A Columbus Company is at the Forefront of Global Esports

esports engine logo with computer equipment control room showing web streaming video game tournament

How Esports Engine cemented themselves as the master of competitive video game production

Video games have never been bigger or more lucrative, and after years of finding its footing, the industry around esports is starting to grow into a juggernaut itself, reaching $1 billion in global revenue last year. At the heart of that growth is Columbus-based Esports Engine. The company helps developers, publishers and others host events, start esports leagues and more, putting the video games we love on the stage they deserve in front of millions of fans.

“Esports Engine is an esports solutions provider based here in Columbus. We do everything under the sun when it comes to esports,” said Chief Production Officer and Co-founder Ryan Thompson. “In a lot of ways, we operate as a production company. We put on live events and live broadcasts, but that’s just the tip of the iceberg of what we do. We work with the world’s leading stakeholders and game publishers to create experiences for everyone involved.”

While Esports Engine was founded in 2019, the business represents a continuation of a project Thompson and co-founder Adam Apicella began all the way back in the early 2000s, when they were part of the original team of Major League Gaming, one of the original American esports organizations that is now owned by gaming giants Activision Blizzard. Back then, Thompson said the esports world was “a labor of love,” defined by tiny venues and a grassroots effort. And while esports still have plenty of room to mature, watching the industry grow has been one of the highlights of his career.

“By now, most people have heard of esports in some way, but many don’t understand exactly what it is,” he said. “I tell people it has all the parallels of traditional sports — sanctioned leagues, professional broadcasts and players and hundreds of people making a living playing video games. But as recently as 2004, there was no esports. We basically had to invent the term. So it’s really exciting to see this grow from its infancy in hotel ballrooms to some of the biggest stadiums in the world.“

While live events are Esports Engine’s “bread and butter,” they’re more than just a production studio. Unlike traditional sports, where infrastructure and league organizations are entrenched and well established, many of esports’ up-and-coming companies, games and competitions need to establish their platform, rules and more in order to be successful. For Thompson, being able to have some of the largest video game names in the world trust them with that process has been a crucial part of growing the company.

“We view ourselves as more than just a production company or vendor for our partners — it’s not transactional,” he said. “We truly view ourselves as an extension of our partners’ own teams. Most of our clients — often large publishers — have their own internal esports teams and they need help to do more with them. That’s where we enter the fray. We consider ourselves to be a little like Pixar. When you see that our company is involved, you know it’s going to be a good show. It’s going to be sanctioned correctly, a good broadcast and ultimately successful. Authenticity is our biggest asset at Esports Engine.”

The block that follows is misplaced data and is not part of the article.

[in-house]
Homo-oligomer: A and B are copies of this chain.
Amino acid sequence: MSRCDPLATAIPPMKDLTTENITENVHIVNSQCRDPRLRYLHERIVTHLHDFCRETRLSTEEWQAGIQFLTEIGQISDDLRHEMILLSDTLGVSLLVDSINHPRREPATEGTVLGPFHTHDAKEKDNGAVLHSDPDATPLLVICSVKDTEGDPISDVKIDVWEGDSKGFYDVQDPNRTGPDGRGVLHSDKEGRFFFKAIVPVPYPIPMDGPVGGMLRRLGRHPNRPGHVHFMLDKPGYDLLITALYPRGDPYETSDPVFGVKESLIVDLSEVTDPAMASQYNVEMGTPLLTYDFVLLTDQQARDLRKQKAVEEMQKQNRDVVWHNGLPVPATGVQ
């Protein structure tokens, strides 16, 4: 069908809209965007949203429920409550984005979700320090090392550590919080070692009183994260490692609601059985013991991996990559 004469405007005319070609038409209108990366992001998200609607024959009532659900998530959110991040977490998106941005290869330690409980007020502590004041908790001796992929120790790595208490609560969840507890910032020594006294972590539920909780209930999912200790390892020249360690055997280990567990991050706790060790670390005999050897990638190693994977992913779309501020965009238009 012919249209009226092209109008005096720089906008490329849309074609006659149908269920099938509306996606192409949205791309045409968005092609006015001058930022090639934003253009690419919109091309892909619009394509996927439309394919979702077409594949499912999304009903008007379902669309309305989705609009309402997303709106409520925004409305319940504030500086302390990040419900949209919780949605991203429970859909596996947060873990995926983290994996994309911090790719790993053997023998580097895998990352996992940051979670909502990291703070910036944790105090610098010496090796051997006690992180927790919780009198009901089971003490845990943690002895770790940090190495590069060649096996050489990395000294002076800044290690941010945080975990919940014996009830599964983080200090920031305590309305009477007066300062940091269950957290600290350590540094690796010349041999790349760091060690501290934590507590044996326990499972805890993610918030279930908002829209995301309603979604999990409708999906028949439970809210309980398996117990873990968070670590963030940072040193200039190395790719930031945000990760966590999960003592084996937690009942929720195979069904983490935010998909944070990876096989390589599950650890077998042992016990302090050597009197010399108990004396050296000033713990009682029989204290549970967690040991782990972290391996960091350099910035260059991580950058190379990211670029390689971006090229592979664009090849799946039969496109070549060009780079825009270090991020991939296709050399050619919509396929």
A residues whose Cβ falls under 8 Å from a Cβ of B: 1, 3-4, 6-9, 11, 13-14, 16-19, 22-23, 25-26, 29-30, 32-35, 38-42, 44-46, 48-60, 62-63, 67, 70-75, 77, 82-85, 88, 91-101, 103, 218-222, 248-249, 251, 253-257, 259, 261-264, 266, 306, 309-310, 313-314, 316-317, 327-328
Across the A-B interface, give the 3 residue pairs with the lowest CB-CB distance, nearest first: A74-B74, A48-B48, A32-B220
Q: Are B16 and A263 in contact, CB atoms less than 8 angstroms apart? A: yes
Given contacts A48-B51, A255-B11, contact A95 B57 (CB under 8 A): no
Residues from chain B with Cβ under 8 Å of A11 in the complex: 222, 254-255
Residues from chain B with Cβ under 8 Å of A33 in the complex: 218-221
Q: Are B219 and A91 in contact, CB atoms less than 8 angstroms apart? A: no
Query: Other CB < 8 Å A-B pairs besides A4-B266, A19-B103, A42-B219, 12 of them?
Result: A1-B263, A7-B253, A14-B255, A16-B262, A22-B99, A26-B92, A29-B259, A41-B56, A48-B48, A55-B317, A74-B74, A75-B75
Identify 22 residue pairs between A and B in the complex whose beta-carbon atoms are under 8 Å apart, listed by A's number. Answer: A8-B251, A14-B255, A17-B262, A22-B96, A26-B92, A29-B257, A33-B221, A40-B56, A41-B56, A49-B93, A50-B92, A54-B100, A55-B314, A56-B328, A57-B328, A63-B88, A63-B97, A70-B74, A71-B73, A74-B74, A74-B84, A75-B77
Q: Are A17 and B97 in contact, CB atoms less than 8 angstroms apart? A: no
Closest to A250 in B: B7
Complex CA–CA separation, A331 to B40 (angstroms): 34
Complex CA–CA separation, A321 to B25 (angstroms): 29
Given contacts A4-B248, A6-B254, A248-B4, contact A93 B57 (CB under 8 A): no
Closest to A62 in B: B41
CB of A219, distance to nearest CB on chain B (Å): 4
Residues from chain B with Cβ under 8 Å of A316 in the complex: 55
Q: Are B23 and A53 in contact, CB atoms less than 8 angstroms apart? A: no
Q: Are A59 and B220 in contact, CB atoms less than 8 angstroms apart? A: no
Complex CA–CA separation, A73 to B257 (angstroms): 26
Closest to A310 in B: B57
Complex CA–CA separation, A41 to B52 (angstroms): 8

That authenticity and expertise allowed the company — at less than a year old in March of 2020 — to not only survive the pandemic with all its employees, but to grow along the way. Since they launched with 25 employees, they’ve grown to about 250, including those in markets like London and Los Angeles, where they have plans to expand their presence. Thompson said it “feels like we’ve done 20 years of programming in the last two years,” and that includes some major new partnerships like the Halo Championship Series, where they’re working directly with Microsoft and developer 343 Industries.

“We not only put on the events and do all the broadcast, we’re also advising Microsoft on where, when and how they should implement their entire esports ecosystem,” Thompson said. “That includes competitive rules, how they should find the best players, how it should be presented, how much and how often and more. That’s the best kind of relationship we create with publishers, where we’re working hand-in-hand as a valued partner.”

On the heels of their already exciting growth, Esports Engine is focused on scaling internationally and building more of those major partnerships. As people continue to feel more comfortable going to live events once again, they’re expecting bigger shows than ever. And they’re doing all of that from their Columbus base, where Thompson, his family and the company as a whole have found a true home.

“I decided to move to Columbus because it was time to find a place I could actually call home,” he said. “In the last three years, I moved here, had a baby and started a company, and I can’t think of a better place to do that than Columbus. I thought it would be tough to convince my Brooklyn wife to come here, but all it took was one trip and we both loved it. And on the business side, the affordability is unmatched. We can build ten studios here for what it would cost in New York or Los Angeles. It feels like home, even for the people we’re relocating from across the country.”

Leave a Reply

This site uses Akismet to reduce spam. Learn how your comment data is processed.

%d bloggers like this: